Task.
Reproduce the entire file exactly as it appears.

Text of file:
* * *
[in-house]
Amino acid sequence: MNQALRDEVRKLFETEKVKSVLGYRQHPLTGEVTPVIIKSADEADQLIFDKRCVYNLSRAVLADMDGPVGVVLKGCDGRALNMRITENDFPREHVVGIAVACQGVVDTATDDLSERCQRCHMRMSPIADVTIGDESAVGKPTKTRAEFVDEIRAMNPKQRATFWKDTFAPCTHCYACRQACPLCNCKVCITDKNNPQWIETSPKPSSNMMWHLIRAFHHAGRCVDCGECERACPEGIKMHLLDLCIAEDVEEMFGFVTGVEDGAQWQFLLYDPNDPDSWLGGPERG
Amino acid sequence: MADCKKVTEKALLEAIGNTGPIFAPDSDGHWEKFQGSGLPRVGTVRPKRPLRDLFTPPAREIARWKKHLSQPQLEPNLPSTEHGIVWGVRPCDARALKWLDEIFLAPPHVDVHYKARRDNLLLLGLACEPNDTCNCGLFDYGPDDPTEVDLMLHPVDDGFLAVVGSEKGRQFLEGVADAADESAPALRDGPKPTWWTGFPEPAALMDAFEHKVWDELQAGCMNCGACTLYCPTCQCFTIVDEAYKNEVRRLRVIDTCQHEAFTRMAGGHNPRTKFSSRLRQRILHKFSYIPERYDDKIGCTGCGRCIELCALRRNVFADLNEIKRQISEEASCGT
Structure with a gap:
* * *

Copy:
[in-house]
Amino acid sequence: MNQALRDEVRKLFETEKVKSVLGYRQHPLTGEVTPVIIKSADEADQLIFDKRCVYNLSRAVLADMDGPVGVVLKGCDGRALNMRITENDFPREHVVGIAVACQGVVDTATDDLSERCQRCHMRMSPIADVTIGDESAVGKPTKTRAEFVDEIRAMNPKQRATFWKDTFAPCTHCYACRQACPLCNCKVCITDKNNPQWIETSPKPSSNMMWHLIRAFHHAGRCVDCGECERACPEGIKMHLLDLCIAEDVEEMFGFVTGVEDGAQWQFLLYDPNDPDSWLGGPERG
Amino acid sequence: MADCKKVTEKALLEAIGNTGPIFAPDSDGHWEKFQGSGLPRVGTVRPKRPLRDLFTPPAREIARWKKHLSQPQLEPNLPSTEHGIVWGVRPCDARALKWLDEIFLAPPHVDVHYKARRDNLLLLGLACEPNDTCNCGLFDYGPDDPTEVDLMLHPVDDGFLAVVGSEKGRQFLEGVADAADESAPALRDGPKPTWWTGFPEPAALMDAFEHKVWDELQAGCMNCGACTLYCPTCQCFTIVDEAYKNEVRRLRVIDTCQHEAFTRMAGGHNPRTKFSSRLRQRILHKFSYIPERYDDKIGCTGCGRCIELCALRRNVFADLNEIKRQISEEASCGT
Structure with a gap: